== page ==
Jen, judging from the looks of the seed panicles, there are at least two different weeds there. One definitely may be DG, but the other looks more like foxtail which is actually an annual. Still very hard to positively ID them without closeups of the plant structure. Unfortunately there are no selective controls for the DG. Meaning that there is nothing you could apply to your turf to kill ONLY the DG. It will be very difficult to gain control over it. Take a close up pic of the weeds in YOUR lawn and post them.

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John - Zone 6
by JenBH on August 19, 2006 05:29 AM
This weed in the photo is in the lot next door, but it's only 3 feet from my yard. They have completely taken over my entire yard... honestly there are thousands of these same plants. I will try to take more photos tomorrow... it's rainy and muddy today. Thanks again!
by The Plant Doc on August 19, 2006 11:10 AM
I agree with John, Chemlawn is one of the most unreliable lawn care companies out there. It is the "big business" of the lawn care industry, and they have lost touch with the home owners needs, and zero in pretty much on the almighty dollar.
Their salesmen are paid by commission, so in order to close a sale, they drop the price. (Better some $$ then no $$ in their minds)
Their techs have to make a quota of $$ serviced each week. So if their lawns are oversized and under priced, they tend to fly through them, resulting in less then a good job.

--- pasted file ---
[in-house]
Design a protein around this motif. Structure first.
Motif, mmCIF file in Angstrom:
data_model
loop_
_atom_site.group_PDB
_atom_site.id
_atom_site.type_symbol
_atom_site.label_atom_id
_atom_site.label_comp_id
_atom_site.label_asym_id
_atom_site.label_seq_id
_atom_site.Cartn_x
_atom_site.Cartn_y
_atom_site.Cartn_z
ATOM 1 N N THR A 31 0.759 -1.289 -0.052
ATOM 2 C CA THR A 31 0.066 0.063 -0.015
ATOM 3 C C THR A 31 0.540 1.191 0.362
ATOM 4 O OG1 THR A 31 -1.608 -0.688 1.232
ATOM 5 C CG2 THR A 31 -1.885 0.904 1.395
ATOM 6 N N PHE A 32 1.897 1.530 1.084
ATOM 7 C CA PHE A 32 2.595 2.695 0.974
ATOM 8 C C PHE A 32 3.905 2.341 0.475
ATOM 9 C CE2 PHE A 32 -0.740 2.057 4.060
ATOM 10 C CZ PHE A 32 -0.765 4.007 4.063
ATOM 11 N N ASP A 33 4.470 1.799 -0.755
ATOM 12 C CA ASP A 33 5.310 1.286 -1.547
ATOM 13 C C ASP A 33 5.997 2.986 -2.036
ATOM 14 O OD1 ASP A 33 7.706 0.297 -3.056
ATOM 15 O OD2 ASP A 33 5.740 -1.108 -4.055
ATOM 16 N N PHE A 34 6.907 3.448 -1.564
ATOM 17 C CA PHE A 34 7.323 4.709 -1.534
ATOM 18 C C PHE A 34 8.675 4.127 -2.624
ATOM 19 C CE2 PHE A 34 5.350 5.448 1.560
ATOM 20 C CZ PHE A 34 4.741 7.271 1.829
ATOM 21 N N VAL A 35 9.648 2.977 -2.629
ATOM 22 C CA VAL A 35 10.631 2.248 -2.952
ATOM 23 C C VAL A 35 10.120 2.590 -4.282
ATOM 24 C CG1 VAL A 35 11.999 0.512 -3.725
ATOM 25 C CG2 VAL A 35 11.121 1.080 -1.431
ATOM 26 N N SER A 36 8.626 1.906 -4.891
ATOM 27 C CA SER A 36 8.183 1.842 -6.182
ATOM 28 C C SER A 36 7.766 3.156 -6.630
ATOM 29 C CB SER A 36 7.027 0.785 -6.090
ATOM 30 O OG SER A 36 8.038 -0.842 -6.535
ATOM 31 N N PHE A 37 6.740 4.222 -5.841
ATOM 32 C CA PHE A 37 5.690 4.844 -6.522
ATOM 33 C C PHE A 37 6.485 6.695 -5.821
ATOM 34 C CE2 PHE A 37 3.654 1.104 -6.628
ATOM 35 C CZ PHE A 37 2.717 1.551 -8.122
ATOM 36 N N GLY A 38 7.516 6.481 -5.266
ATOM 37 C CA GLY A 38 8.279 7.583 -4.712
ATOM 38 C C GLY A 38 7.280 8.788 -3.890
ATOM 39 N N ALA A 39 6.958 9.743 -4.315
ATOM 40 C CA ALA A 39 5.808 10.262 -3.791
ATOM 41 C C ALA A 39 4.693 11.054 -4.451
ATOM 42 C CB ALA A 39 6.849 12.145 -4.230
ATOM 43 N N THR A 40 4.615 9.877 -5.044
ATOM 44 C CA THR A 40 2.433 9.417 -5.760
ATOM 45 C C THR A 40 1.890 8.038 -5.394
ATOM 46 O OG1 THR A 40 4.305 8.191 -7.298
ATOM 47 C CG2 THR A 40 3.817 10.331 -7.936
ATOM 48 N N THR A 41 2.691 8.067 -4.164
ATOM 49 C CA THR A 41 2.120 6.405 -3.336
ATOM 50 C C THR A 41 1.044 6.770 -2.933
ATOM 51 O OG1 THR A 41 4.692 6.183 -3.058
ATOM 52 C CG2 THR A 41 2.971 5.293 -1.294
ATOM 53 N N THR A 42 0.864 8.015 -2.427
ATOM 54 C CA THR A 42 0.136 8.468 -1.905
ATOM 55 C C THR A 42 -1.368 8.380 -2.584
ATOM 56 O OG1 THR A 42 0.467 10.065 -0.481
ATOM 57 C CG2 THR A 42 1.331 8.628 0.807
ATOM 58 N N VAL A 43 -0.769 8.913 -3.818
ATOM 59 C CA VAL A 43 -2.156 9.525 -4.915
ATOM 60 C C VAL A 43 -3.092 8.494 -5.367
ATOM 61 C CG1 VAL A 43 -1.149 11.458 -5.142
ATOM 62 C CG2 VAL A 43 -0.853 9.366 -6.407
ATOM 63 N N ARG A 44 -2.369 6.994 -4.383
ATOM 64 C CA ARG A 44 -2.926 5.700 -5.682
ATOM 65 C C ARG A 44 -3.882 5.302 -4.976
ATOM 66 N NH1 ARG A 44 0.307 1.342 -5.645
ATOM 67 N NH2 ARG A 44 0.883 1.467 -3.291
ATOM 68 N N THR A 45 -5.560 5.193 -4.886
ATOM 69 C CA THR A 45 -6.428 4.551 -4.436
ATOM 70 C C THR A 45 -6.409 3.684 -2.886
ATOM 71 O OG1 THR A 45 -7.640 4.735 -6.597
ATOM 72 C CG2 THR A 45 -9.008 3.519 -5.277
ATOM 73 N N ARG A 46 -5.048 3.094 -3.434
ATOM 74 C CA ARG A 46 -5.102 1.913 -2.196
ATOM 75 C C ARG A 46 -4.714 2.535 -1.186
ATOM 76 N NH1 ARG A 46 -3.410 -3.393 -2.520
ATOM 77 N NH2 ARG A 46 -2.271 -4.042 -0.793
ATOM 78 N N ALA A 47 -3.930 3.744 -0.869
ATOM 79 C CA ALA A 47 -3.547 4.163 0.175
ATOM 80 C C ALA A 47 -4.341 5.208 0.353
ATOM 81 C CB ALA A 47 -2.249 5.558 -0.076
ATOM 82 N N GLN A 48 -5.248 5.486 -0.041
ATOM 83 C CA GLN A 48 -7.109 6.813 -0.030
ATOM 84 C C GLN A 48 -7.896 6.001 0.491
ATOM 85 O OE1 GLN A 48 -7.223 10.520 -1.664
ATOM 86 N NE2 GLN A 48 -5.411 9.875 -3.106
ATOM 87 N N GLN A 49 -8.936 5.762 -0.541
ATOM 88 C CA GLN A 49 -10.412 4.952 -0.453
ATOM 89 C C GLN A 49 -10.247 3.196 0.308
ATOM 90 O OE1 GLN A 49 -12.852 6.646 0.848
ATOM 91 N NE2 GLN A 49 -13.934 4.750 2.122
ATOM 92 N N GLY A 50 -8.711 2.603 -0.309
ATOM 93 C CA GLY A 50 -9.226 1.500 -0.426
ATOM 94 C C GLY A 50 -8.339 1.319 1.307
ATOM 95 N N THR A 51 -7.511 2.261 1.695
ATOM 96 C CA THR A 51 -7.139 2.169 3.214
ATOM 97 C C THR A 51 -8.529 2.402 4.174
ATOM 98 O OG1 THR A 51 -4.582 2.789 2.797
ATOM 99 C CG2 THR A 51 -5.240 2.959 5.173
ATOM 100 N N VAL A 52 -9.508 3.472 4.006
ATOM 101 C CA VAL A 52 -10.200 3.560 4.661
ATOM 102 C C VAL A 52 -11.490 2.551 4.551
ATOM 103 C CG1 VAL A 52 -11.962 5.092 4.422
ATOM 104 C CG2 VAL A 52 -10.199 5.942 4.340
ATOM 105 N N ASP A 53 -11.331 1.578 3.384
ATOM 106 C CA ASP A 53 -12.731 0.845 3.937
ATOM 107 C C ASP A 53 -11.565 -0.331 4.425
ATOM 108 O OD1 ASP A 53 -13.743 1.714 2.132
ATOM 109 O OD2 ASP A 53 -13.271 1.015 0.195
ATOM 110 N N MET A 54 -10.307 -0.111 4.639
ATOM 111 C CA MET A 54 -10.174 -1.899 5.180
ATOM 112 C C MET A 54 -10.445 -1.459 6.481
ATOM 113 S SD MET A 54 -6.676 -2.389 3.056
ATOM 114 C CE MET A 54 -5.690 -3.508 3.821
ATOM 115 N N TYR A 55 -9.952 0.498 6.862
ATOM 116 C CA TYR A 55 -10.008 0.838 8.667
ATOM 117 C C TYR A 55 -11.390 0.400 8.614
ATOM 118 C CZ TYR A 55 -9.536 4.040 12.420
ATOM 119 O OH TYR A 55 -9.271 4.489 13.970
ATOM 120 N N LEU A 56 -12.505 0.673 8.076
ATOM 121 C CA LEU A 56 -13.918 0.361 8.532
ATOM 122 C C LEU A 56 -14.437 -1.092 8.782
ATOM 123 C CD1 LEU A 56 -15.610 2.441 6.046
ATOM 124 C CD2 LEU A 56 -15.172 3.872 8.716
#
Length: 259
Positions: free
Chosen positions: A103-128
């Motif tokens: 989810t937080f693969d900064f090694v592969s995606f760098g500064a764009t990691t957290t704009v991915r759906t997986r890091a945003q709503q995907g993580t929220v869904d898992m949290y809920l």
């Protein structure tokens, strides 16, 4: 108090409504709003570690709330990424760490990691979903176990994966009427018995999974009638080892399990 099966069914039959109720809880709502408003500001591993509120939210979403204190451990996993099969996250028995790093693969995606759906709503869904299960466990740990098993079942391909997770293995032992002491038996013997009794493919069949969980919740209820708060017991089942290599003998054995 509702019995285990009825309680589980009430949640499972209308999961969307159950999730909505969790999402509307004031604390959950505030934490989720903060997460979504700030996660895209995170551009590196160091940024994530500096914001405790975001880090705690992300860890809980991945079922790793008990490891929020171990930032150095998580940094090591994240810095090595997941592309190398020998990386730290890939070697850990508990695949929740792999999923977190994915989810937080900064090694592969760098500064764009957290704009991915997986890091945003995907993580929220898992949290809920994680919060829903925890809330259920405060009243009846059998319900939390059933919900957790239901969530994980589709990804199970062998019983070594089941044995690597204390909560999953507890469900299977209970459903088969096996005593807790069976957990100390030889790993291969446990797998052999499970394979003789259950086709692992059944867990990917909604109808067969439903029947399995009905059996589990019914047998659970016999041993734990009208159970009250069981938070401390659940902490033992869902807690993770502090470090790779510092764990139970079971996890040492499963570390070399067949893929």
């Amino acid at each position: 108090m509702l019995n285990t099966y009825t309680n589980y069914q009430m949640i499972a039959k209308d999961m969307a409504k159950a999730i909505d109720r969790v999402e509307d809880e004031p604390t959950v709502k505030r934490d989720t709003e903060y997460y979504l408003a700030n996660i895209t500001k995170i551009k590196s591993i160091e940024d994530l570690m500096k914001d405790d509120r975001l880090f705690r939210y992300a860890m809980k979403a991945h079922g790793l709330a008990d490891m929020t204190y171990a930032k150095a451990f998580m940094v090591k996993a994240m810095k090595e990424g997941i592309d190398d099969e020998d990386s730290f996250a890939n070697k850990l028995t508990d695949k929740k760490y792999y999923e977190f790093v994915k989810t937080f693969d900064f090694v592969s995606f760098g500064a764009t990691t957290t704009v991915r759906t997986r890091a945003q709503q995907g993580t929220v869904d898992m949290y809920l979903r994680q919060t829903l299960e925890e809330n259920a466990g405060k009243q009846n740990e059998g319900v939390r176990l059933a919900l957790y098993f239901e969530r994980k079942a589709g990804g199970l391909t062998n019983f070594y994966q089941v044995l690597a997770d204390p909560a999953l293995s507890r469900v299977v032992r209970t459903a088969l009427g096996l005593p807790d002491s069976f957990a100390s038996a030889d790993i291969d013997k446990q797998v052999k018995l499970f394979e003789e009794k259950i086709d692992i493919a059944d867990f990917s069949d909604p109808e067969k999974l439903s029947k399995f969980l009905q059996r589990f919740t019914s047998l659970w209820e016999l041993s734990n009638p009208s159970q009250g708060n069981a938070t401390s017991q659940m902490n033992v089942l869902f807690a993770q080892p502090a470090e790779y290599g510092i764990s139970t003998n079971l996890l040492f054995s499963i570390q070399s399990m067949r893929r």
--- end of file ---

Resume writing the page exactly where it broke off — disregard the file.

Most of the techs will only put up with the company for a season or 2, so it is very rare that you find a seasoned lawn tech working for them.
That is probably why they have the lowest customer renewal rate on any lawn care company in the area.

There is a chemical that can be used called "Drive". Dallisgrass is not on the label, but I have been seeing good control, while the plants are still young. However, once the plant matures, good luck!
I am not sure if Drive is available to the home owner in your state. I believe it is considered to be a "restricted use pesticide" in some states. Meaning that only a licensed applicator may purchase and apply it.
Since it is not listed directly on the label, you may have a hard time getting a lawn care company to use it.

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Mike Maier
The Plant Doc
by JenBH on August 20, 2006 01:44 AM
Thanks for the info. I think my plants are mature because they have that seed pod thing (pardon my lack of vocabulary) on the end of them... I will look into Drive.
by JenBH on August 23, 2006 06:54 AM
AHA! I just returned for a meeting I set up with master garderner's in my area who are affiliated with Purdue University.

We now have a new diagnosis! This is not dallisgrass, but rather, yellow fox tail. I'm not sure if this is good news or bad, but at least now I'm certain of what it is!!
by johnCT on August 24, 2006 02:36 AM
Yeah, that's what I thought Jen. And that is GREAT news actually because unlike dallisgrass, foxtail is a summer annual and annuals can be controlled with pre-emergent because they only come back from seed just like crabgrass. So talk to a contractor about a pre-emergent application next spring and a follow-up one a couple months later. This will control most of it and any that comes up can be pulled by hand.

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John - Zone 6
by JenBH on August 24, 2006 06:52 AM
Yes! I'm so happy! Also, on a side note... Our builder was Pulte. I just want to add that I'm so pleased because they are footing the bill to have the yard sprayed with Q4, then next week they will aerate and overseed for us at no additional cost to us. I'm so happy that this worked out well! We will definetly be doing the pre-emergent next year!

I appreciate your help and your diagnosis! You were right (but I never doubted that you would be!)